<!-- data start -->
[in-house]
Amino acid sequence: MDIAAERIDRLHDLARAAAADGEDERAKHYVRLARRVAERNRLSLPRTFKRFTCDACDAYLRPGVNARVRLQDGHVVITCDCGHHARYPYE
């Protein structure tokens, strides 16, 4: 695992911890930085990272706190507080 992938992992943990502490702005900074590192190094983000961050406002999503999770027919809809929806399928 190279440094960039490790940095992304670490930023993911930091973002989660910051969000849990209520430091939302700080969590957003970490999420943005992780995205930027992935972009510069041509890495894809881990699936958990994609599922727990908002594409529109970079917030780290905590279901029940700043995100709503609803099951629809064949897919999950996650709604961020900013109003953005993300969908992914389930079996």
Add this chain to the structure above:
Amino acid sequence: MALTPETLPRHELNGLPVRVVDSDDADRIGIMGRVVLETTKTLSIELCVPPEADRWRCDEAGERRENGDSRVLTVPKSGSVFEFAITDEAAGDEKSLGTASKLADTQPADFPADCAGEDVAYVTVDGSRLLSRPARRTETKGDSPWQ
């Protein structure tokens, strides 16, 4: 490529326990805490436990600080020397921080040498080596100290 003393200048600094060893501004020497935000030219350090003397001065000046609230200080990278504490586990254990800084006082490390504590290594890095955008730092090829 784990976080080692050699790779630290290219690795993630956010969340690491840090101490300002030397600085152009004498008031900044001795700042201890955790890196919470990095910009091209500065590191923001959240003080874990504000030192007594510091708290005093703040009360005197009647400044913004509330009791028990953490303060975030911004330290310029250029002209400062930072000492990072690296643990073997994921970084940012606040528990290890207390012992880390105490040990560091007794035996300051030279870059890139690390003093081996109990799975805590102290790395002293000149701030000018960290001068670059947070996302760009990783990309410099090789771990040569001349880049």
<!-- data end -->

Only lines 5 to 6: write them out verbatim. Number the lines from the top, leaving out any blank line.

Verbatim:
Amino acid sequence: MALTPETLPRHELNGLPVRVVDSDDADRIGIMGRVVLETTKTLSIELCVPPEADRWRCDEAGERRENGDSRVLTVPKSGSVFEFAITDEAAGDEKSLGTASKLADTQPADFPADCAGEDVAYVTVDGSRLLSRPARRTETKGDSPWQ
């Protein structure tokens, strides 16, 4: 490529326990805490436990600080020397921080040498080596100290 003393200048600094060893501004020497935000030219350090003397001065000046609230200080990278504490586990254990800084006082490390504590290594890095955008730092090829 784990976080080692050699790779630290290219690795993630956010969340690491840090101490300002030397600085152009004498008031900044001795700042201890955790890196919470990095910009091209500065590191923001959240003080874990504000030192007594510091708290005093703040009360005197009647400044913004509330009791028990953490303060975030911004330290310029250029002209400062930072000492990072690296643990073997994921970084940012606040528990290890207390012992880390105490040990560091007794035996300051030279870059890139690390003093081996109990799975805590102290790395002293000149701030000018960290001068670059947070996302760009990783990309410099090789771990040569001349880049």